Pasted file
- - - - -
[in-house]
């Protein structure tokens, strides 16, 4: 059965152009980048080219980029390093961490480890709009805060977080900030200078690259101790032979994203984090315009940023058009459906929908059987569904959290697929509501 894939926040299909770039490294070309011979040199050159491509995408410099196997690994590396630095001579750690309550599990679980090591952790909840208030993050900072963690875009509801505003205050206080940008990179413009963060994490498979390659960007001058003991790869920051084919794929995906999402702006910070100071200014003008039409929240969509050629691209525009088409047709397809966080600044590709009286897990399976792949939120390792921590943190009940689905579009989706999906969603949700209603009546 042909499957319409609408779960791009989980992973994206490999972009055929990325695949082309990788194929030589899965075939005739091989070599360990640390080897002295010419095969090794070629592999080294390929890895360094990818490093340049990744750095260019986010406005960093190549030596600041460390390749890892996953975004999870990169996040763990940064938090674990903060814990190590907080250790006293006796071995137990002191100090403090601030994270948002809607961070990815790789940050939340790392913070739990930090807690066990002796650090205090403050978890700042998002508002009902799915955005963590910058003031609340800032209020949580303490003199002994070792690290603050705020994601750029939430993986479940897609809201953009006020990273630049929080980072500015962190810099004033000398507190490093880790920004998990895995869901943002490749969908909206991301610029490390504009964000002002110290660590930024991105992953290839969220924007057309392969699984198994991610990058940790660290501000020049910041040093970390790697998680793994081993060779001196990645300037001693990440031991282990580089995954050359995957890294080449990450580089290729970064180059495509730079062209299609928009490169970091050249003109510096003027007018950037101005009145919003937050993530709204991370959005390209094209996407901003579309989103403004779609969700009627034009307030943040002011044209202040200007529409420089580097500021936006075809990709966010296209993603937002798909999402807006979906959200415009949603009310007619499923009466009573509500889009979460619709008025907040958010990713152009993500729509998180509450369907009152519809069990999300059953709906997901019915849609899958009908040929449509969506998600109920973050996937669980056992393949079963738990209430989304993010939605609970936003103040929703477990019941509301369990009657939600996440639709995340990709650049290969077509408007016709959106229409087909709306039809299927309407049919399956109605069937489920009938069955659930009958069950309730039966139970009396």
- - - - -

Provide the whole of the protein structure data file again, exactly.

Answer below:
[in-house]
């Protein structure tokens, strides 16, 4: 059965152009980048080219980029390093961490480890709009805060977080900030200078690259101790032979994203984090315009940023058009459906929908059987569904959290697929509501 894939926040299909770039490294070309011979040199050159491509995408410099196997690994590396630095001579750690309550599990679980090591952790909840208030993050900072963690875009509801505003205050206080940008990179413009963060994490498979390659960007001058003991790869920051084919794929995906999402702006910070100071200014003008039409929240969509050629691209525009088409047709397809966080600044590709009286897990399976792949939120390792921590943190009940689905579009989706999906969603949700209603009546 042909499957319409609408779960791009989980992973994206490999972009055929990325695949082309990788194929030589899965075939005739091989070599360990640390080897002295010419095969090794070629592999080294390929890895360094990818490093340049990744750095260019986010406005960093190549030596600041460390390749890892996953975004999870990169996040763990940064938090674990903060814990190590907080250790006293006796071995137990002191100090403090601030994270948002809607961070990815790789940050939340790392913070739990930090807690066990002796650090205090403050978890700042998002508002009902799915955005963590910058003031609340800032209020949580303490003199002994070792690290603050705020994601750029939430993986479940897609809201953009006020990273630049929080980072500015962190810099004033000398507190490093880790920004998990895995869901943002490749969908909206991301610029490390504009964000002002110290660590930024991105992953290839969220924007057309392969699984198994991610990058940790660290501000020049910041040093970390790697998680793994081993060779001196990645300037001693990440031991282990580089995954050359995957890294080449990450580089290729970064180059495509730079062209299609928009490169970091050249003109510096003027007018950037101005009145919003937050993530709204991370959005390209094209996407901003579309989103403004779609969700009627034009307030943040002011044209202040200007529409420089580097500021936006075809990709966010296209993603937002798909999402807006979906959200415009949603009310007619499923009466009573509500889009979460619709008025907040958010990713152009993500729509998180509450369907009152519809069990999300059953709906997901019915849609899958009908040929449509969506998600109920973050996937669980056992393949079963738990209430989304993010939605609970936003103040929703477990019941509301369990009657939600996440639709995340990709650049290969077509408007016709959106229409087909709306039809299927309407049919399956109605069937489920009938069955659930009958069950309730039966139970009396």